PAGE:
Mrs. Karmen said that this is one of 4 positions in the administration category in the Medical Examiner’s Office. It will be in place of a deputy medical examiner. When Dr. Stoppacher took over as Medical Examiner, they advertised for either deputy medical examiner or pathologist, and they gained a pathologist who is interested, eligible and qualified for the position.
 
Mr. Stanczyk was concerned that this position is being hired at the almost top step of the grade. Mrs. Karmen said that the County is significantly under what the salary range is for this position. The person coming to this position is accepting a salary that is $7,000 less. The average salary range is much higher across the country. Mr. Stanczyk asked if there are any other pathologists outside of County government in this area; Mrs. Karmen said “no.” There has been a tremendous amount of difficulty recruiting a pathologist to this area. Mr. Stanczyk said that the department should talk to the Personnel Department and get the correct grades resolved.
 
Chairman Rhinehart asked if these folks move around a lot. Mrs. Karmen said that they have not had a lot of turnover. It was explained that this person is looking to settle here. Chairman Rhinehart asked by filling this, will there be a full staff there. Mrs. Karmen said that they will fill 3 of the 4 positions listed in the resolution. If at some point a pathologist is able and capable of moving to the deputy medical examiner’s title, then it has been left as a recruitment tool for that individual. Chairman Rhinehart asked if this will cut down on the overtime requests that come in every year. Mrs. Karmen said “no” – that is in the laboratory.
 
Mrs. Rapp seconded the motion. Passed unanimously. MOTION CARRIED.
 
      b.   Authorize Advanced Step Hiring for R.P. 01 4043510000012191, Pathologist, Gr. 37, Step Y at $113,143 effective October 17, 2009
Mrs. Rapp seconded Mr. Warner’s motion. Passed unanimously; MOTION CARRIED.
 
6.   FACILITIES MANAGEMENT:  Many Barbas, Deputy Commissioner
      a.   Create the Title of Plasterer at the hourly rate of $22.82 effective November 1, 2009
This position would be put on the 103 payroll. There are 13 sites that that need plaster repair. Five sites have been repaired at an average cost of $3,500 per site. The work was bid out to two companies and the same plasterer showed up for both companies--he comes right out of the union hall. It would cost about $45k to bid out the 13 sites, but they can hire an individual on a part time basis for half the cost. At the end of the job, he goes back to work through the union. In answer to Mr. Warner, Mr. Barbas said that the union is in full support of this. The County has done this with the electrical and carpenters unions.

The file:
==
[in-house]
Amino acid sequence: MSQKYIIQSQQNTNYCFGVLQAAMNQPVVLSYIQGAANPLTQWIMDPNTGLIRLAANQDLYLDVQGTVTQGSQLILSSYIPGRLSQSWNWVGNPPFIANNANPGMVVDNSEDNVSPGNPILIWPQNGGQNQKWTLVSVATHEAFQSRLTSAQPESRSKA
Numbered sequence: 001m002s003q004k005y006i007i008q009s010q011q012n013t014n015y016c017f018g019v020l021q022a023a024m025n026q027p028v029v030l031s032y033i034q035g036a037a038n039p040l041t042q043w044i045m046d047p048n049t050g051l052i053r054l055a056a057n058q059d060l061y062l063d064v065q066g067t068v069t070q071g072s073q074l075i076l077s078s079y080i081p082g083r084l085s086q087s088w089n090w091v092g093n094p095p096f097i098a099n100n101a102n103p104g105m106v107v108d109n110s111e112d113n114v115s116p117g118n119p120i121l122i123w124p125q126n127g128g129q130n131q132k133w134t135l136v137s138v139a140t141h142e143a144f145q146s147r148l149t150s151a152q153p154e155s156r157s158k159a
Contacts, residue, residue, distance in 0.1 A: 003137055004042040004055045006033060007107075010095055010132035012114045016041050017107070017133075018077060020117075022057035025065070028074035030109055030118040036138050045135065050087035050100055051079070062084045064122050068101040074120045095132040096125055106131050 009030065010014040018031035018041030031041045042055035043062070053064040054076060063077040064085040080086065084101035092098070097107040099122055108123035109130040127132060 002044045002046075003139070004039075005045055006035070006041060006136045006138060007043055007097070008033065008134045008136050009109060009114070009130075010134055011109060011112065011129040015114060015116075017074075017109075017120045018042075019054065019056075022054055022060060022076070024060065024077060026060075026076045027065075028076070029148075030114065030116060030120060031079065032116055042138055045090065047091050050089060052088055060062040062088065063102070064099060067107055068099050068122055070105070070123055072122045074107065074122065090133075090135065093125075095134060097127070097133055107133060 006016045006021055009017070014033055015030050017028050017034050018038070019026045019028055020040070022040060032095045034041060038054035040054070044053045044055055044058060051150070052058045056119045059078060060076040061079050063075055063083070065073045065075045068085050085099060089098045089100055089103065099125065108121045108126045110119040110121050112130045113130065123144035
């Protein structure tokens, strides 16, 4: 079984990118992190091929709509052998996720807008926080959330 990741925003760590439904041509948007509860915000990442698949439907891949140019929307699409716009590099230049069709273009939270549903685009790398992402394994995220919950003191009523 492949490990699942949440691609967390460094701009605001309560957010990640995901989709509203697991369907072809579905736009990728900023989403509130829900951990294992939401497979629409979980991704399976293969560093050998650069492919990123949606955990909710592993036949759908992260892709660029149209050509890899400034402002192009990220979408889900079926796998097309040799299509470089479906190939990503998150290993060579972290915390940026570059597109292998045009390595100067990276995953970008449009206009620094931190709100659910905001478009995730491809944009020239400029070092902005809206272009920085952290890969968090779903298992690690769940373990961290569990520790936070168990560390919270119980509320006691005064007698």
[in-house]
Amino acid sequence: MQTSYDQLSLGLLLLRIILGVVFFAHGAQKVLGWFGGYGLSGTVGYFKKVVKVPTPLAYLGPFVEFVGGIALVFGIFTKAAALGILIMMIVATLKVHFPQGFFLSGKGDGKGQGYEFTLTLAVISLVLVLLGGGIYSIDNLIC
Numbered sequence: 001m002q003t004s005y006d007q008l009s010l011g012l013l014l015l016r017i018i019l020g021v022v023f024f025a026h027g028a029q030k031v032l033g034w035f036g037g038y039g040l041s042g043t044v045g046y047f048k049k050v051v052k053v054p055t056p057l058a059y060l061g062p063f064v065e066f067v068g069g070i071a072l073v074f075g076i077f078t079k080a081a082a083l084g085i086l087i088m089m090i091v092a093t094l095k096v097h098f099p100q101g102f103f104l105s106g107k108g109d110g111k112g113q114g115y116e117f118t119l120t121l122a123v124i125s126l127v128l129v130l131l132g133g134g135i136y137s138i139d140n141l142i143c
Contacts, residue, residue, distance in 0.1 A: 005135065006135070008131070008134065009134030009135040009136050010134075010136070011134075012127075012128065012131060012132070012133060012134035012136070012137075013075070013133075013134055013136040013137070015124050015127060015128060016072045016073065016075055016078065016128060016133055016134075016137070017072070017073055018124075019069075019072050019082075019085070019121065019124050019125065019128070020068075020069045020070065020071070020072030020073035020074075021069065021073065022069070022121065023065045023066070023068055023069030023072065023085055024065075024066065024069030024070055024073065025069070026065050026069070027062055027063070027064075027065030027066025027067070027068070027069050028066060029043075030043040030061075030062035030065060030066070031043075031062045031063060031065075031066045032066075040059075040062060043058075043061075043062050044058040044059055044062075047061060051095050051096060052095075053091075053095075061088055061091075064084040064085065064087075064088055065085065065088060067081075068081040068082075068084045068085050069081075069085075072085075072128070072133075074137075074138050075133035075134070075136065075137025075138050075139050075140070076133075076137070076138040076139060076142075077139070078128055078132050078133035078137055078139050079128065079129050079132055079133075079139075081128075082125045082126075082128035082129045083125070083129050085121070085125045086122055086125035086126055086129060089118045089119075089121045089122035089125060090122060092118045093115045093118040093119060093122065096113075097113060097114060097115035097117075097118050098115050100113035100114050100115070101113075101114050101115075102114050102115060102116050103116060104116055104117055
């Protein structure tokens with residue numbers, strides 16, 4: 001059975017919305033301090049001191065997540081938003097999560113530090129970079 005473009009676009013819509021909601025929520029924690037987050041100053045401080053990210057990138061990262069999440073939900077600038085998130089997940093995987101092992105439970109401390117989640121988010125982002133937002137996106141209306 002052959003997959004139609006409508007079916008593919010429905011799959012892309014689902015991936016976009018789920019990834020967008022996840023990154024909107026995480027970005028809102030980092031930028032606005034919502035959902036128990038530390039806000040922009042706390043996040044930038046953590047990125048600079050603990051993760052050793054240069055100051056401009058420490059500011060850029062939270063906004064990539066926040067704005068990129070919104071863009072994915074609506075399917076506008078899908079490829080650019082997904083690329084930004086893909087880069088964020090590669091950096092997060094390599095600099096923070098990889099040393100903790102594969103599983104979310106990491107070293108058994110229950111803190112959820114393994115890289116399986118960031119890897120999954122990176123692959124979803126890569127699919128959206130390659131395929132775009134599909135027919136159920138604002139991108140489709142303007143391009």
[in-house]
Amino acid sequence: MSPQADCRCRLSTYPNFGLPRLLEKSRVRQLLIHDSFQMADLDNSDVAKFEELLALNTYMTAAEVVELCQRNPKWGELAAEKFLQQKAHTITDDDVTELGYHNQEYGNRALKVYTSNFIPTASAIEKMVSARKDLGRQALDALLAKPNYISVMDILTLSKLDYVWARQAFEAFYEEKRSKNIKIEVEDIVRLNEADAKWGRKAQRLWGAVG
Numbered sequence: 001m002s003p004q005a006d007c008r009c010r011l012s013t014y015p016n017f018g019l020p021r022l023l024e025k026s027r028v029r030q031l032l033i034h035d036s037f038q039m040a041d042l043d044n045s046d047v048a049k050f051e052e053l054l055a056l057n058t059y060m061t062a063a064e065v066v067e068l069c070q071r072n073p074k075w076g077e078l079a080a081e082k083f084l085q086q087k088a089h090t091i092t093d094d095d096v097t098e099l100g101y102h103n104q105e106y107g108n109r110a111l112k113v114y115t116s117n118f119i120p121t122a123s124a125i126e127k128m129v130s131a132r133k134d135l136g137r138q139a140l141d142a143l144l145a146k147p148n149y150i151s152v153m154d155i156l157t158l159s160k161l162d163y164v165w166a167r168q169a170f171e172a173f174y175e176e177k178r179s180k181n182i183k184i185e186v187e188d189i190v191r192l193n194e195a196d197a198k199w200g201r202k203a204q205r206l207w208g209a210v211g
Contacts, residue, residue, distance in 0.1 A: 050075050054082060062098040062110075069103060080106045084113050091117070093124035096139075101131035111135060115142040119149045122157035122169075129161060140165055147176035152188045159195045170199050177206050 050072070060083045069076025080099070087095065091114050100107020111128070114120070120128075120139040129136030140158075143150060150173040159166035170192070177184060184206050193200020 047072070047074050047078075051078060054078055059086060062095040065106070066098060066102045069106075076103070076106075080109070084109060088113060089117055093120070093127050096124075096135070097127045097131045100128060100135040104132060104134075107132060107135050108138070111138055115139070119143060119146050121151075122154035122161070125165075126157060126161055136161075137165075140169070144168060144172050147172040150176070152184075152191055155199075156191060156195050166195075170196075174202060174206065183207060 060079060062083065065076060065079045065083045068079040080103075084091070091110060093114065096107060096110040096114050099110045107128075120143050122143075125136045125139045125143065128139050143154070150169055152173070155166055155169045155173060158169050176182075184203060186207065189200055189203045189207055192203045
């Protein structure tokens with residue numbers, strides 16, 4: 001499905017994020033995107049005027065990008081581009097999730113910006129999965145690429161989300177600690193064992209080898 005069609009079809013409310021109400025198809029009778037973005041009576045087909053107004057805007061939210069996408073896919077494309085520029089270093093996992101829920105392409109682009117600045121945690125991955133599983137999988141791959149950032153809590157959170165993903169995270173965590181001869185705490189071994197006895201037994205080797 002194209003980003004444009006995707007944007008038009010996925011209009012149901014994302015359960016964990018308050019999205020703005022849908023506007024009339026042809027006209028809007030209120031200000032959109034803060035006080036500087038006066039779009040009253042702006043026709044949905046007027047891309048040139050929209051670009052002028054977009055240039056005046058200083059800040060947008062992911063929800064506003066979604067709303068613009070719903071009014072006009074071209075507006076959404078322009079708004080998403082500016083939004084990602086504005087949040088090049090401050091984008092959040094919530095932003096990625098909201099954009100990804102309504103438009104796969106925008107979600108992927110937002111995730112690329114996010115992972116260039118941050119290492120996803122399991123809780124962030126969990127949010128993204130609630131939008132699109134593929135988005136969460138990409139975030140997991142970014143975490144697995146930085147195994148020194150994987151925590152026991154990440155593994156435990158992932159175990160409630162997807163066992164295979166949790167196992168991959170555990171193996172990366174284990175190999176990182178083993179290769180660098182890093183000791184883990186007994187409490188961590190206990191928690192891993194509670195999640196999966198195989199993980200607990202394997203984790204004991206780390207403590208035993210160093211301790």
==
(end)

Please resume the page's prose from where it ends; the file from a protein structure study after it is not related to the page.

A motion by Mr. Stanczyk, seconded by Mr. Kinne toapprovethisitemPassed unanimously; CARRIED.
 
      b.   Amend 2009 Budget to accept an Energy Efficiency and Conservation Block Grant from the U.S. Department of Energy and Authorizing the County Executive to enter into Contracts ($2,459,000)
Mr. Klosowski said that stimulus funding was made available for energy efficiency and conservation. There was block grant that was set up on a formula basis, Onondaga County was allocated $2.459 million. The resolution is to accept the block grant funding.
 
Mr. Stanczyk said he would like to amend the amendment to reduce the amount to $150k to be spent on the plan—wants to have a lot of it spearheaded by our County expert, which would leave an additional $100K for doing things.
 
A motion was made by Mr. Stanczyk, seconded by Mr. Kinne to amend the amount to $150,000 to be spent on the plan.
 
Mr. Kinne said that the Carrier Study was done a couple of years ago and time shouldn’t be spent reinventing the wheel. Mr. Klosowski agreed and said that the Carrier study will be part of it; there will be other opportunities to look at other things – including buildings that weren’t included in the Carrier Study. In answer to Mr. Kinne, Mr. Klosowski said that he felt the $150,000 would be adequate. The bids have come back, and they are within the $150,000.